Building a nation involves improving the museum industry. As it connects the past and future, it ideally serves as the foundation from which one begins. It might also develop into a lucrative industry for the ministry of tourism. Although museums are popular destinations for cultural tourism, we rarely select Indian museums as the mark or emblem of an inspirational visit in India. 

What do Indian museums lack? - Sheet1
(indian museum)_©

“They need to work out what would make museums more enticing for the audience to come and feel engaged,” says the author. Regrettably, even museums with many walk-in visitors fail to acknowledge or understand the fine line between outreach and engagement. These are two very different things, and museums need to know how to involve visitors (not just kids), possibly by creating a committee or club run entirely by visitors and giving them the reins! Trust and a sense of connection with the exhibit are crucial for audiences to picture the connections to their own personal history.

“In terms of collections, people will eventually need to prioritise the items they are gathering. Museums need to reconsider how they handle this entire issue. Several museums in the West would have a plan for collection development. They limit the collections housed in a given museum; if not, they can go elsewhere.

What do Indian museums lack? - Sheet2
(Indian museums)art gallery_©

 State or city museums are likely to have a documented mandate for acquisitions or loan terms, except institutions like the KNMA or Bhau Daji Lad. Museums must prioritise conservation, digitisation, and collections maintenance, and funds must be made aside for these tasks.

Most museums around the nation need a director. Because it takes time to turn a vision into reality, most western museums have directors for four to five years. In India, IAS officers are occasionally given “Punishment Postings” in museums. Also, it is a frequent practice to name officers as museum directors despite their ignorance of curatorial or arts administration procedures. Moreover, no training is provided for such Directors to give them the necessary abilities to run local or state museums! Hence, that almost defeats the purpose of creating a vision for the museum!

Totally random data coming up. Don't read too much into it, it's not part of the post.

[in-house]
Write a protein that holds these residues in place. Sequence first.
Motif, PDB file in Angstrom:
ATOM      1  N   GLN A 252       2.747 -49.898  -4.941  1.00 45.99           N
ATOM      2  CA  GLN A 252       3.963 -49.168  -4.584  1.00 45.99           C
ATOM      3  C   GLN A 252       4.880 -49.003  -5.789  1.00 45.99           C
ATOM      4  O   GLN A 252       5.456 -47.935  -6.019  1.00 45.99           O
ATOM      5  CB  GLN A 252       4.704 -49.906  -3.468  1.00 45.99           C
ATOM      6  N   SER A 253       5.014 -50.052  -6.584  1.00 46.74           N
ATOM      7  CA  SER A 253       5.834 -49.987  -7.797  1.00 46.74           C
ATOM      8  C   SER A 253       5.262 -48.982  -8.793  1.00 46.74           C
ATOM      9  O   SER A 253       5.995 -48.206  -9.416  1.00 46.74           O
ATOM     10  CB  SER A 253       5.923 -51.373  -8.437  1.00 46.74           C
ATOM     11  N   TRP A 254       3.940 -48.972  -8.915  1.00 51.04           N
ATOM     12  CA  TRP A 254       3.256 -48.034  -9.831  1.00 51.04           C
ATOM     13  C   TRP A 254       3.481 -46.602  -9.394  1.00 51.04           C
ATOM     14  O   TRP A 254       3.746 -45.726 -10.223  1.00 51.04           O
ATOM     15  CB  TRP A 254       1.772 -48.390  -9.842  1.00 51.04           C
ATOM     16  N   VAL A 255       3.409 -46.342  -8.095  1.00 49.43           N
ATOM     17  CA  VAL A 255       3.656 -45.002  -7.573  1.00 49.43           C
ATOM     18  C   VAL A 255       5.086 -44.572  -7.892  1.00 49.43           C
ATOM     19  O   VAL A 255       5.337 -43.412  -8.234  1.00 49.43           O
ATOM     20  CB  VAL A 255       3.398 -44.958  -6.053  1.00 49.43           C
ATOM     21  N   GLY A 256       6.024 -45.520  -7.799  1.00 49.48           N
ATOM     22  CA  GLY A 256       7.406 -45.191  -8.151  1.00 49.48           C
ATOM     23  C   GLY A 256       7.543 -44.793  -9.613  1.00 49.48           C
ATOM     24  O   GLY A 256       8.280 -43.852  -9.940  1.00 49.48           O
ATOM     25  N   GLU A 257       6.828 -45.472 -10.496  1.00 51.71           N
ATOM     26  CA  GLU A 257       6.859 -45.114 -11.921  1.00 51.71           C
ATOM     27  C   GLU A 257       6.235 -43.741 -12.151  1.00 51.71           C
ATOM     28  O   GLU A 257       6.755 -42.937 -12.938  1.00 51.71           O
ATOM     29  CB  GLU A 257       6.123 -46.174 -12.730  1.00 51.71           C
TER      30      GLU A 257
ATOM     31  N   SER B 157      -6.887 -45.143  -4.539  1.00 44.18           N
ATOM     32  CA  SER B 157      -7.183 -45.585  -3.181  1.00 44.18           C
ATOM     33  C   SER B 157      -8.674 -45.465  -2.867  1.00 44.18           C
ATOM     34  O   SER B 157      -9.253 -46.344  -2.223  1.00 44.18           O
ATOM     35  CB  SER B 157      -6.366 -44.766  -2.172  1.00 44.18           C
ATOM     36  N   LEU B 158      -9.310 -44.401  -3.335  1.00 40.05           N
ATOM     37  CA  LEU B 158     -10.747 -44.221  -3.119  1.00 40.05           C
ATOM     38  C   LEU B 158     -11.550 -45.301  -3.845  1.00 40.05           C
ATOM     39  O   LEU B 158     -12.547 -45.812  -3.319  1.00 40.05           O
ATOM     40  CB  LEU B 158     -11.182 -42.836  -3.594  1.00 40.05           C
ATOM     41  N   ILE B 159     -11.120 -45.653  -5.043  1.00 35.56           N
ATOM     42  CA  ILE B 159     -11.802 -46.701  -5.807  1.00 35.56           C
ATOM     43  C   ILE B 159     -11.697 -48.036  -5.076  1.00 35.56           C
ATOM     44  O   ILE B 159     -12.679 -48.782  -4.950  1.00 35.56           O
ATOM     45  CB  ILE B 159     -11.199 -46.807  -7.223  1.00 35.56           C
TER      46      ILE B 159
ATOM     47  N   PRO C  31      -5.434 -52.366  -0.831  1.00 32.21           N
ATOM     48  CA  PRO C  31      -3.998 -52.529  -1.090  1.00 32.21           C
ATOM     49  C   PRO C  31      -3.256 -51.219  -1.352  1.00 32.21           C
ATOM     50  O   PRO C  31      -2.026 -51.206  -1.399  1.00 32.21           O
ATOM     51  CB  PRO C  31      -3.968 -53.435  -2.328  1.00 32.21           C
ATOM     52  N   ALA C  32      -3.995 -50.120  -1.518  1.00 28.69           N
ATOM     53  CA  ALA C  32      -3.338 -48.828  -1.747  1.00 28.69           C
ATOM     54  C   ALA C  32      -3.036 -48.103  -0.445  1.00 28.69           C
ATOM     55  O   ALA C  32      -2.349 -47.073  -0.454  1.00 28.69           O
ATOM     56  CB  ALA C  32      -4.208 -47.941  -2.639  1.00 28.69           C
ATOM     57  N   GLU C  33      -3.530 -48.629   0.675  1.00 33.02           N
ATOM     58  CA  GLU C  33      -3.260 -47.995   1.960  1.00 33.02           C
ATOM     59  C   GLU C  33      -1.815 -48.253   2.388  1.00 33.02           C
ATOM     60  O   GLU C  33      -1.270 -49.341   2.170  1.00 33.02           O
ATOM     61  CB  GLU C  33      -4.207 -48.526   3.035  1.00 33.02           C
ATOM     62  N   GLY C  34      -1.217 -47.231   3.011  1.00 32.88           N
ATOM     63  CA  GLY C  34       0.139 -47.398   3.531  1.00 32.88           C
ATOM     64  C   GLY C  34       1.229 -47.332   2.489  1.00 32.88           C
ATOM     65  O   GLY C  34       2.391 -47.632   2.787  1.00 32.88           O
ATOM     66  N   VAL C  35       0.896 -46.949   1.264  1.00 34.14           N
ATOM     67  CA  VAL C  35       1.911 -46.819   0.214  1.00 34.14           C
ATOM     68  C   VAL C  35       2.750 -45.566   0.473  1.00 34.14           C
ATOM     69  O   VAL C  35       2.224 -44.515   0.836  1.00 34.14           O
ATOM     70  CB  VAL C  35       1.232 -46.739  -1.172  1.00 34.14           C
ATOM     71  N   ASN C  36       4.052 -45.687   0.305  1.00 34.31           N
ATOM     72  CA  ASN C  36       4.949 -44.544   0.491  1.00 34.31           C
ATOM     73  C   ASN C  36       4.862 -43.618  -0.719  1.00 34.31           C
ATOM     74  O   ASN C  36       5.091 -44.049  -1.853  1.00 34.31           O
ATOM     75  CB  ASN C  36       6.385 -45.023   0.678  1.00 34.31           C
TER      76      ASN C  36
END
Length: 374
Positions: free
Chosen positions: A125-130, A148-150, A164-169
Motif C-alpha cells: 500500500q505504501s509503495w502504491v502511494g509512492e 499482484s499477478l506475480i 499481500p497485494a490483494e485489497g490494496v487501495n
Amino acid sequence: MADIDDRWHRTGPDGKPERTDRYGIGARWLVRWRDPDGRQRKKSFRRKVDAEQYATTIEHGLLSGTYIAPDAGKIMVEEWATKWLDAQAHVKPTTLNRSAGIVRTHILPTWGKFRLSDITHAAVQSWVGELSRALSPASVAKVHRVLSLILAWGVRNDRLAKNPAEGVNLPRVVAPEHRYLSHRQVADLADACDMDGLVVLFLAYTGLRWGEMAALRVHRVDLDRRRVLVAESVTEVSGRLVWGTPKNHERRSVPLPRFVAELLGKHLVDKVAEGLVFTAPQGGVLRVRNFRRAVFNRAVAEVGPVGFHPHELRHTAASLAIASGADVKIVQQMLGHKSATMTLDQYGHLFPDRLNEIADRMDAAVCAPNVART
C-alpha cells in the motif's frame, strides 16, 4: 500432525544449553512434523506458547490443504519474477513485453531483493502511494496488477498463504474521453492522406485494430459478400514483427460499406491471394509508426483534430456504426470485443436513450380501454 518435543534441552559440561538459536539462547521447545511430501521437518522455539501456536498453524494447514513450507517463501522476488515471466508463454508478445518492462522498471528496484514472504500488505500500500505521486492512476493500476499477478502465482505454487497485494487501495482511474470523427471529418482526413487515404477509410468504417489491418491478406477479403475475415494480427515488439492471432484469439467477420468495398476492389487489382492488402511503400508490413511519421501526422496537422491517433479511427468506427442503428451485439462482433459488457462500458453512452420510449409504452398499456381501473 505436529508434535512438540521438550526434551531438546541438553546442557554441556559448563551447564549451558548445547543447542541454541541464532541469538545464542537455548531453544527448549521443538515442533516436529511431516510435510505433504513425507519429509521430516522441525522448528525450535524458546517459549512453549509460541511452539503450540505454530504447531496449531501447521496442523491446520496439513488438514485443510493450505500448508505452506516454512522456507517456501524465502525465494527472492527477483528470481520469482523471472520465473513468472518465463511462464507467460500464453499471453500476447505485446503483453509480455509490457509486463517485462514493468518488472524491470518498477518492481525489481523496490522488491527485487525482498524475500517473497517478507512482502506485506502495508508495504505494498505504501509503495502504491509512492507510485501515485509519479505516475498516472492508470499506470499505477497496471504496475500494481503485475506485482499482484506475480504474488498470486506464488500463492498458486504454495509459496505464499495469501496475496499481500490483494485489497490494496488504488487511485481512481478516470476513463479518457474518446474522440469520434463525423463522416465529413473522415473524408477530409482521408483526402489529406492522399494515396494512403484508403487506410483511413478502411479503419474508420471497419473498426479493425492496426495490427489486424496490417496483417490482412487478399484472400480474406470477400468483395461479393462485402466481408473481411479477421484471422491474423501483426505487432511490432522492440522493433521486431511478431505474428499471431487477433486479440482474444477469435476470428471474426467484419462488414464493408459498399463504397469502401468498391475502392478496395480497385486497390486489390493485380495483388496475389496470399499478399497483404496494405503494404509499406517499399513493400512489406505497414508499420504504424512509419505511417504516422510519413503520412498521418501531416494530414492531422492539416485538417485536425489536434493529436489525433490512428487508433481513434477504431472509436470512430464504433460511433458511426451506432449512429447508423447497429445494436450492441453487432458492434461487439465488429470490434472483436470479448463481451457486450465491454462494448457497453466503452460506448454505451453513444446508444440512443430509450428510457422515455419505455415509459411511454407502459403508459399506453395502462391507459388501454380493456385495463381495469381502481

What do Indian museums lack? - Sheet3
(national museum)_©

The Union Cultural Ministry received a letter from the Archaeological Survey of India last month regarding two priceless artefacts at Kolkata‘s Indian Museum that had been irreparably damaged: a 2 BC Yakshi figure and a 3 BC Mauryan lion. The ASI claimed that irresponsible handling was to blame for the damage and warned that the museum would perish if the attitude persisted.

What do Indian museums lack? - Sheet4
(Ministry of Culture in 2010-11 served as a wake-up call)_©

This occurred at the 200th anniversary of the oldest museum in India. Yet it’s no secret that museums, especially public ones, are in a terrible situation. In 2011, UNESCO released a damning report on the terrible conditions at India’s top eight museums, citing, among other things, poor maintenance, lighting, and signage. Yet, the main problems are a need for more autonomy, outdated policies, and a skilled workforce. Our outstanding collections are evidence of a vibrant sociocultural past. Still, museums lose their meaning when they only operate as closed-door keepers of priceless artefacts rather than beautifully and intellectually presenting them to a broad audience.

(A group of tourists watching an informative video)_©
(A group of tourists watching an informative video)_©

For cultural practitioners, a “real lack of interest in museums” is the only factor that can be changed. How can we influence people’s perceptions of a location and environment full of exploration opportunities, education, and recreation? According to the authors of the book The Museum Experience Revisited, “…questions of leisure values and personal history” serve as the greatest foundation for understanding why people attend or avoid museums. Many aspects contribute to someone being sociable and culturally aware, but they may not be sufficient to explain why people visit museums fully. 

(Buddhist Gallery at the CSMVS)_© Indian museums
(Buddhist Gallery at the CSMVS)_© Indian museums

“Most museum employees in our country lack the skills to work for a museum. The system itself is a component of the issue. As having the appropriate skill set is not one of the selection criteria, many of them enter through UPSC. There should be a thorough selecting procedure in place.


Although India has over 1500 museums, fewer university programs are available to train the next generation of museum directors in arts management, collections management, curatorial practices, design, or communication technologies. The course material is not specifically designed to meet the needs of museums. Conversely, only some museums welcome visitors from other academic fields. This prevents museums from interacting with other industries and creates an elitist culture that can occasionally be difficult for new museum personnel to approach.

(limited entry)_©, Indian museums

Over time, attitudes and beliefs develop. Even more so for the local population, our museums may serve as weekend getaways. But first, we must understand that museums are more than just places for the intellectually astute and culturally informed or for students and researchers interested in the topic. Most importantly, museums may be dynamic spaces for exploration, engagement, play, and leisure. They are not just places to learn or acquire knowledge.


She patel an architecture student studying is Raman bhakta school of architecture who is always excited to explore new things daily. She likes to explore new cultures, art, and tradition. She is a cultural person. Her action always looks towards contributing to society to make it better and that even helps her to grow in life.